Another week, another film with an actor behind the camera. This time it’s Hart Bochner, forever known as the sniveling Harry Ellis from Diehard. An unconvincing, willfully quirky, dryly comic tale of ensemble empowerment, Just Add Water doesn’t represent Bochner’s directorial debut (he also helmed 1994’s PCU and 1996’s High School High), but it is the first produced feature film he’s written, and it mainly shows considerable evidence that he’s seen a lot of movies, given the smooth, plastic lines of its construction.
The story unfolds in Trona, California — a dead-end desert town for people with dead-end lives, a place run by a foul-tempered young meth dealer named Dirk (Will Rothhaar, looking like the president of the Ryan Gosling Look-Alike Fan Club). Going nowhere fast is Ray Tuckby (Dylan Walsh), a mild-mannered underground parking lot attendant saddled with a neurotic shut-in wife, Charlene (Penny Balfour), and an ill-mannered, sexually frustrated, mostly silent son, Eddie (Jonah Hill). Ray’s life totally bottoms out when he finds out his wife is cheating on him (with his brother, natch), and Eddie, who might not be his son after all, is working for Dirk.
While everyone else dithers, Ray starts feeling his oats, and like he should make a stand. (For a clip from the movie, click here.) With the help of new-to-town gas station owner Merl Stryker (Danny DeVito) and childhood sweetheart Nora (Tracy Middendorf), a retail clerk who hides instant banana pudding for him, Ray rallies the oppressed and bullied townspeople of Trona to get even with Dirk, and prove that it’s never too late to grow, even if you’re all grown up. Justin Long, Anika Noni Rose and Brad Hunt also costar.
Bochner sketches a convincing enough backdrop through his setting, but the (chief) problem is that all his dialogue is hopelessly on the nose. Scenes play out to move the plot forward, but with little or any actual emotional impact. Case in point: when Ray confronts Charlene about her affair, moments after having walked in on her having sex with his brother, she tells him it’s been going on “about nine months before Eddie was born,” to which Ray blinks, and replies, “Does the boy know?” Does the boy know? I’m not sure any father or husband in the history of mankind has replied like that. There are other problems with casting, too (I’ve been less than enamored with Walsh ever since he got out-acted by the animatronic gorillas in Congo, and Hill and Long seem to have wandered over from the set of Accepted to do some pointless, vanilla character work), but mostly this is just a yawning, flatly drawn tale.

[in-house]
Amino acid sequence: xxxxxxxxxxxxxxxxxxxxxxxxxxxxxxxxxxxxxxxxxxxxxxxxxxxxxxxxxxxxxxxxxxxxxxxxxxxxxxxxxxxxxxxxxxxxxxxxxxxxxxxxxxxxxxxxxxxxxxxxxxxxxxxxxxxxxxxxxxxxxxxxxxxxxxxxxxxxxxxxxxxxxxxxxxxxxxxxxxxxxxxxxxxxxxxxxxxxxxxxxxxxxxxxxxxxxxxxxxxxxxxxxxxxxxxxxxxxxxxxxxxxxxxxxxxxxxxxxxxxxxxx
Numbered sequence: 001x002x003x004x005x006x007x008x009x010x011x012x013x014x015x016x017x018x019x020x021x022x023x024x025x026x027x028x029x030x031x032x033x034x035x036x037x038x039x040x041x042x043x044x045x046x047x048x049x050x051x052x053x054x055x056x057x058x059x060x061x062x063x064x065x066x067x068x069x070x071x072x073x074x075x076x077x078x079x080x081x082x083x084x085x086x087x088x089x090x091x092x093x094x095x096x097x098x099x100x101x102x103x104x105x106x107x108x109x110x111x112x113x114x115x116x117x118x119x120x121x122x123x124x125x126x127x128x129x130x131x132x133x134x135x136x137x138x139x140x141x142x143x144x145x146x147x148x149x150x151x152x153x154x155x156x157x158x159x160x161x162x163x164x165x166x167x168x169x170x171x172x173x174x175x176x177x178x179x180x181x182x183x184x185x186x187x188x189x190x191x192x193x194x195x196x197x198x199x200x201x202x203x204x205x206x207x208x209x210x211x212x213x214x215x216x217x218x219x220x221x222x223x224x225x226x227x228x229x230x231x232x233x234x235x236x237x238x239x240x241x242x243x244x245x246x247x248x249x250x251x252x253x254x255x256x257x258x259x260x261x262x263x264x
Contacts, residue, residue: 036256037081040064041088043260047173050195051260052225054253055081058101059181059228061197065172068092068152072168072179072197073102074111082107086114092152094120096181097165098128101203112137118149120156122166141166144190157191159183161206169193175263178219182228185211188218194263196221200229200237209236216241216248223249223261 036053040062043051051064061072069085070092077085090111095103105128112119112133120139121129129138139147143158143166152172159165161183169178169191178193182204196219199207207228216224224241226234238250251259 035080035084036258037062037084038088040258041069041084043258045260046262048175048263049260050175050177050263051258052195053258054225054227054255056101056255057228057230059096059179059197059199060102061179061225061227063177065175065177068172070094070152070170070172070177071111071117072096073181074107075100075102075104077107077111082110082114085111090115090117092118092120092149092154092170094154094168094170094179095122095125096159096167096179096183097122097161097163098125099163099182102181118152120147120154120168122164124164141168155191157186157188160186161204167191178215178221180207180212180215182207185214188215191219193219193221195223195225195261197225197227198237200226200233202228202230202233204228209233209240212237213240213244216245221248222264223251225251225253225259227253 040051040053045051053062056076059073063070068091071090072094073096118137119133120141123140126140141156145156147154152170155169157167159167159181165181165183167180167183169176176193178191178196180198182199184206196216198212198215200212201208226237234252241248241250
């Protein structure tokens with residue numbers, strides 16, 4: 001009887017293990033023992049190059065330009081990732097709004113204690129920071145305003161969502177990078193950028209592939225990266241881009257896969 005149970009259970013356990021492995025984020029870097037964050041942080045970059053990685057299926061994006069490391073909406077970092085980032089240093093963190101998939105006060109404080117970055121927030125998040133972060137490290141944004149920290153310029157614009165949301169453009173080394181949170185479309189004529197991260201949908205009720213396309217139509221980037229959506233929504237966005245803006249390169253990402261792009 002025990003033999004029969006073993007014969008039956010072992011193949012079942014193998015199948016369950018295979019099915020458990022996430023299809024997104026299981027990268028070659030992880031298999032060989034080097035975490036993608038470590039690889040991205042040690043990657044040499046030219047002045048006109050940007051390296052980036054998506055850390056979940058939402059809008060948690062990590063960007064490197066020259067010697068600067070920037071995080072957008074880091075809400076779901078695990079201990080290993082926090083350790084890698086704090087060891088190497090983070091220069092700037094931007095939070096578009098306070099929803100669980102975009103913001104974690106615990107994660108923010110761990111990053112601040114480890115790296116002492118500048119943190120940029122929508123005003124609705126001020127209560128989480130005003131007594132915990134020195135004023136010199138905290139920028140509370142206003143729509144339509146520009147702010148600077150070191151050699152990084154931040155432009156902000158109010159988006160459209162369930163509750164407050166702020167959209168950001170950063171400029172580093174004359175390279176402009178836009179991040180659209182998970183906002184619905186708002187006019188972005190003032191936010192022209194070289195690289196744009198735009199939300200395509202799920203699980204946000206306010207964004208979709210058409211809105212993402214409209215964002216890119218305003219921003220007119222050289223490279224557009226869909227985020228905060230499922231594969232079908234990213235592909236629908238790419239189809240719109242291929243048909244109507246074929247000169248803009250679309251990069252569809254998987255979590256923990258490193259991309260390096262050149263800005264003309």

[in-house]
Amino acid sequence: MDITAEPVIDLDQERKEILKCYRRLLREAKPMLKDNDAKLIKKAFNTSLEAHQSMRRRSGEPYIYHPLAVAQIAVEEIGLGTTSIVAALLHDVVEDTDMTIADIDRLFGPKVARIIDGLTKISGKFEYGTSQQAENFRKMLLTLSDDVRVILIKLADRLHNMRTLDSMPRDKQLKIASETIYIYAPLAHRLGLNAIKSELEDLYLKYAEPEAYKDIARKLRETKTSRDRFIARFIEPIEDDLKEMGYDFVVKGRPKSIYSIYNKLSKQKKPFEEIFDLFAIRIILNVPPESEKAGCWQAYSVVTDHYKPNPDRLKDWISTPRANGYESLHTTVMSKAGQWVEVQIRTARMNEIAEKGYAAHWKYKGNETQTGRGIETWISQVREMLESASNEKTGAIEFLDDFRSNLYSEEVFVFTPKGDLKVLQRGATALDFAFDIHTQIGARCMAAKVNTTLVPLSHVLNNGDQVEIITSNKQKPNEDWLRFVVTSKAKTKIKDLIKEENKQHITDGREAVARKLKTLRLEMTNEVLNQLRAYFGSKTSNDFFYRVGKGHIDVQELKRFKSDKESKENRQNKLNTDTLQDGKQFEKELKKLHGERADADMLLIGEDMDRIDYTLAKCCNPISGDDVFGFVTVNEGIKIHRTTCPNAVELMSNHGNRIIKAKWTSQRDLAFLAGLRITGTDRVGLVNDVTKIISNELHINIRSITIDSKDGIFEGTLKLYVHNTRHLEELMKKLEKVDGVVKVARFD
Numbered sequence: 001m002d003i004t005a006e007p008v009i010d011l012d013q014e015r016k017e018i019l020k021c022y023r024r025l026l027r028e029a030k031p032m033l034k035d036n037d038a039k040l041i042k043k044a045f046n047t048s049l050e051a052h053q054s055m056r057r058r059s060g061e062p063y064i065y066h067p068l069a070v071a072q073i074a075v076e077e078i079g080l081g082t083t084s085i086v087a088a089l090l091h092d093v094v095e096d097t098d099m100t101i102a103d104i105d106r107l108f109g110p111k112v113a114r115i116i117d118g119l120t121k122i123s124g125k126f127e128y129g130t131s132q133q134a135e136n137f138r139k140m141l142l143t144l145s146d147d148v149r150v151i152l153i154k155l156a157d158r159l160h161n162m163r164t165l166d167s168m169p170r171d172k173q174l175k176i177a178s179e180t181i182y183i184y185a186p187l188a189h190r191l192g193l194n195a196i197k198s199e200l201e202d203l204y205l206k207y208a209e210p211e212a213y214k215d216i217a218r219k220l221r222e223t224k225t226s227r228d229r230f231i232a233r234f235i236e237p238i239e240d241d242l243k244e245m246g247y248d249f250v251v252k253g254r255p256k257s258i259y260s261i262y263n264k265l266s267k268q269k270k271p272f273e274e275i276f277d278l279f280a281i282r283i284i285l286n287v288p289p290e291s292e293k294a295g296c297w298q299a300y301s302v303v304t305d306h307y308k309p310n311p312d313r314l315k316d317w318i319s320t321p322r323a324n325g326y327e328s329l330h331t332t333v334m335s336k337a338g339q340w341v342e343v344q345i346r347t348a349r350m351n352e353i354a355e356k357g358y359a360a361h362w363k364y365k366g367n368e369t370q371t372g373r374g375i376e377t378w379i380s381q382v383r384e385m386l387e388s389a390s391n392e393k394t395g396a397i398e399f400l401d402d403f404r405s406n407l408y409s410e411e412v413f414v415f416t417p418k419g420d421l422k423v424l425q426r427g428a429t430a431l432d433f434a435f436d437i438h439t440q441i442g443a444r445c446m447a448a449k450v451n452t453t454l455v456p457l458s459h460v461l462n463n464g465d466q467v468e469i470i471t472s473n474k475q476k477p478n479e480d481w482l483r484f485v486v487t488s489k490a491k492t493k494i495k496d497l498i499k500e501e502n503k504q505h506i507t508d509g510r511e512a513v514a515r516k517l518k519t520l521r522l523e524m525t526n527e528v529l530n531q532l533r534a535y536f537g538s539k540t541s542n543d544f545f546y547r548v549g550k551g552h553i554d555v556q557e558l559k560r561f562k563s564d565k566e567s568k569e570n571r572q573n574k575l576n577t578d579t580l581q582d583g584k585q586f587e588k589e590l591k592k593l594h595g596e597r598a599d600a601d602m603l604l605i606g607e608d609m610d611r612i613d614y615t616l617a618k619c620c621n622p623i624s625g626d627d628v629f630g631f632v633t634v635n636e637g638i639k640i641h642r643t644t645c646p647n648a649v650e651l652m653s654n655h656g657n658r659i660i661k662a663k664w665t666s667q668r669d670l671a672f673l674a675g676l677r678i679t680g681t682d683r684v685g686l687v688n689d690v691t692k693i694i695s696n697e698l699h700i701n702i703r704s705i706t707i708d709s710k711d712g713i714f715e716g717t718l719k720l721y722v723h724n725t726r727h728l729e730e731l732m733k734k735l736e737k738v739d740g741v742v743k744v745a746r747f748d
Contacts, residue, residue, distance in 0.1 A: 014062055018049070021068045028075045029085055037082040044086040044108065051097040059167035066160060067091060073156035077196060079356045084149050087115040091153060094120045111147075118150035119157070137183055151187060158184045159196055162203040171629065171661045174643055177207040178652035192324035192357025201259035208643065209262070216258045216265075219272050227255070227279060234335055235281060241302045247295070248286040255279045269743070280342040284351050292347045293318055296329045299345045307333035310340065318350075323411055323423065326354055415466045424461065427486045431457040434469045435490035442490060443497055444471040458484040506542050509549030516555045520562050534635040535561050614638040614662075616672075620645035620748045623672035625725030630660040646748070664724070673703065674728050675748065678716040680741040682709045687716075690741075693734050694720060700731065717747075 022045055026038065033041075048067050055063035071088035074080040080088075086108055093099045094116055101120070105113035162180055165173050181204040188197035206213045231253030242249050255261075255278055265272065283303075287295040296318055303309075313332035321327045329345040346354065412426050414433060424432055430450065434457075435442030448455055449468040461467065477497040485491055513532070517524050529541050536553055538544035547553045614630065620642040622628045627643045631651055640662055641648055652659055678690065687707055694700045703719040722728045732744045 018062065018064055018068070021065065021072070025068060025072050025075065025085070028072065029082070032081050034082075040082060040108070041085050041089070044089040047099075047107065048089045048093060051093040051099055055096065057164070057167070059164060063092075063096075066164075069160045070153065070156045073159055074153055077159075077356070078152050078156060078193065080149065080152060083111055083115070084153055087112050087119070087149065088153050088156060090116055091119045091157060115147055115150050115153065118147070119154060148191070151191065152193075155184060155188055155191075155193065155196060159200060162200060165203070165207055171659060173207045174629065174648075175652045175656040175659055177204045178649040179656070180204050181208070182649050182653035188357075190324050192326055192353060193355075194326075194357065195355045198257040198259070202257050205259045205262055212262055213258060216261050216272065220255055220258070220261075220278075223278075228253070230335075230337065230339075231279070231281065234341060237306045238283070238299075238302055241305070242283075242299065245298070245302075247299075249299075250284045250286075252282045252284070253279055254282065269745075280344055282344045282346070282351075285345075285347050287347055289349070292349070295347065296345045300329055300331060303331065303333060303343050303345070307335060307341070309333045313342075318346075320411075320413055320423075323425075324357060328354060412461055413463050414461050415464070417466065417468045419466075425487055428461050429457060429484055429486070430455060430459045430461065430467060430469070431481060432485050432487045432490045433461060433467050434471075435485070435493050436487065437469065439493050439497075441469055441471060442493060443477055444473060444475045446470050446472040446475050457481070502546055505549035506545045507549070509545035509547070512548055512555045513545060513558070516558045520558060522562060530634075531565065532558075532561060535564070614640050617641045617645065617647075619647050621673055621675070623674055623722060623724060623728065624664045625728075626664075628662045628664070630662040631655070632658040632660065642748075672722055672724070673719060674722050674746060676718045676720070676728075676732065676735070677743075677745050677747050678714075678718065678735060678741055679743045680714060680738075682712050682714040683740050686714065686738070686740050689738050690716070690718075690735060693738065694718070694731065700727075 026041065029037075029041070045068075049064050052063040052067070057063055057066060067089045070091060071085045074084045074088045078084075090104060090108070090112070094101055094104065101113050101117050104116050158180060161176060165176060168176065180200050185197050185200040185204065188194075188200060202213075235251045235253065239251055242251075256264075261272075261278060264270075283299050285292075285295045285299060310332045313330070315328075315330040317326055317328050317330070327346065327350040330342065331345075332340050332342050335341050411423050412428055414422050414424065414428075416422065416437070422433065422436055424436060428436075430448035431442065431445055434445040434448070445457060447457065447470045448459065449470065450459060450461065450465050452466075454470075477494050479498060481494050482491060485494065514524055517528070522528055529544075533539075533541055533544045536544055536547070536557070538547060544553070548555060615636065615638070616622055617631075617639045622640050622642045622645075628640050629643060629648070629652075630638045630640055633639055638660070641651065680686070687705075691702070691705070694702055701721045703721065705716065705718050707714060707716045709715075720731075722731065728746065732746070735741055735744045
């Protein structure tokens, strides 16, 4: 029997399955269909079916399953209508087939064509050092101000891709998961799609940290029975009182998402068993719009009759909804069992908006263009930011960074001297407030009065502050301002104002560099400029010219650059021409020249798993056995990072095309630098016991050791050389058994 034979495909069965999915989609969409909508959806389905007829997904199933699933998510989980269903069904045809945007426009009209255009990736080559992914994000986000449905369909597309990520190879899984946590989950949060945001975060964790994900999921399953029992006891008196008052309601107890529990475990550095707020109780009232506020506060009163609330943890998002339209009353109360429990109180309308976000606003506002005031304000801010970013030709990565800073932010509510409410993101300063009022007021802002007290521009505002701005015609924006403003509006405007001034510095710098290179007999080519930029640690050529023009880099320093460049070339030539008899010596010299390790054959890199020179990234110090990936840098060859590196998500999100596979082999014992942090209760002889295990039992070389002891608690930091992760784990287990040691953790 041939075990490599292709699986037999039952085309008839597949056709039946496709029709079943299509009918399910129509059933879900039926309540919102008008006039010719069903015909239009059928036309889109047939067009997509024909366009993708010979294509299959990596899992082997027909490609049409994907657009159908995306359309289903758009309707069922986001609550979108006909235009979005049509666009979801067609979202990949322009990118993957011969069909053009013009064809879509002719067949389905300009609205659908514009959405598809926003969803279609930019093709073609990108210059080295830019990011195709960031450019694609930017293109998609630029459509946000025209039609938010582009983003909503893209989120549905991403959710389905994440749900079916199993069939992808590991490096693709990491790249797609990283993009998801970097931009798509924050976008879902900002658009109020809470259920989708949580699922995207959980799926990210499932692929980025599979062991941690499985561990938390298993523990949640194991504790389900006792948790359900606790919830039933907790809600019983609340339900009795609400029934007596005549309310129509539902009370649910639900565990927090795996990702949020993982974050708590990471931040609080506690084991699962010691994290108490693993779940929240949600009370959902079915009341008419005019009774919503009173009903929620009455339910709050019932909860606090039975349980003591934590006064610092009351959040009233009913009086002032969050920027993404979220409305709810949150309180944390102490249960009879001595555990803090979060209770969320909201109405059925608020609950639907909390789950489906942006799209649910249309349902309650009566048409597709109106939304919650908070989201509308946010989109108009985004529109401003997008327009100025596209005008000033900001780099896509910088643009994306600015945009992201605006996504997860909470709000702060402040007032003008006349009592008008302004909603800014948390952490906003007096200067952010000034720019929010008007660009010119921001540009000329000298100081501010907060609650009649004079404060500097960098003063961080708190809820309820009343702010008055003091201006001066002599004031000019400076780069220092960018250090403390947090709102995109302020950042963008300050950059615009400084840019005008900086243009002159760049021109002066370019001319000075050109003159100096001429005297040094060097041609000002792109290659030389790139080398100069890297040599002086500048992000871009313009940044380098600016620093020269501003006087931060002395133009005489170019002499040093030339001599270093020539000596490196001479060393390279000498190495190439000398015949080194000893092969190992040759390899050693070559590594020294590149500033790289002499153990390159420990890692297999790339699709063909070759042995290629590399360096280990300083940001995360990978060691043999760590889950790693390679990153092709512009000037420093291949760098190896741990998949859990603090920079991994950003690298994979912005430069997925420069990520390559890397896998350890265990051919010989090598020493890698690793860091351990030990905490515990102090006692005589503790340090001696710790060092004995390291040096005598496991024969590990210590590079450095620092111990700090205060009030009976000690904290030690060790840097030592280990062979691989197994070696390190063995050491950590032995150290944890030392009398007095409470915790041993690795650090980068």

Housed in a regular Amray case and presented in 1.85:1 anamorphic widescreen with an English language 5.1 Dolby digital audio track and optional French and English subtitles, there are no supplemental extras on this release, save the inclusion of preview trailers for American Crude, Married Life, 21, Rescue Me, Kabluey and a half dozen other titles. Given that it is, in theory, a somewhat personal statement from Bochner (however little known he is as a screen commodity), that’s damning. To purchase the movie via Amazon, click here. D+ (Movie) D- (Disc)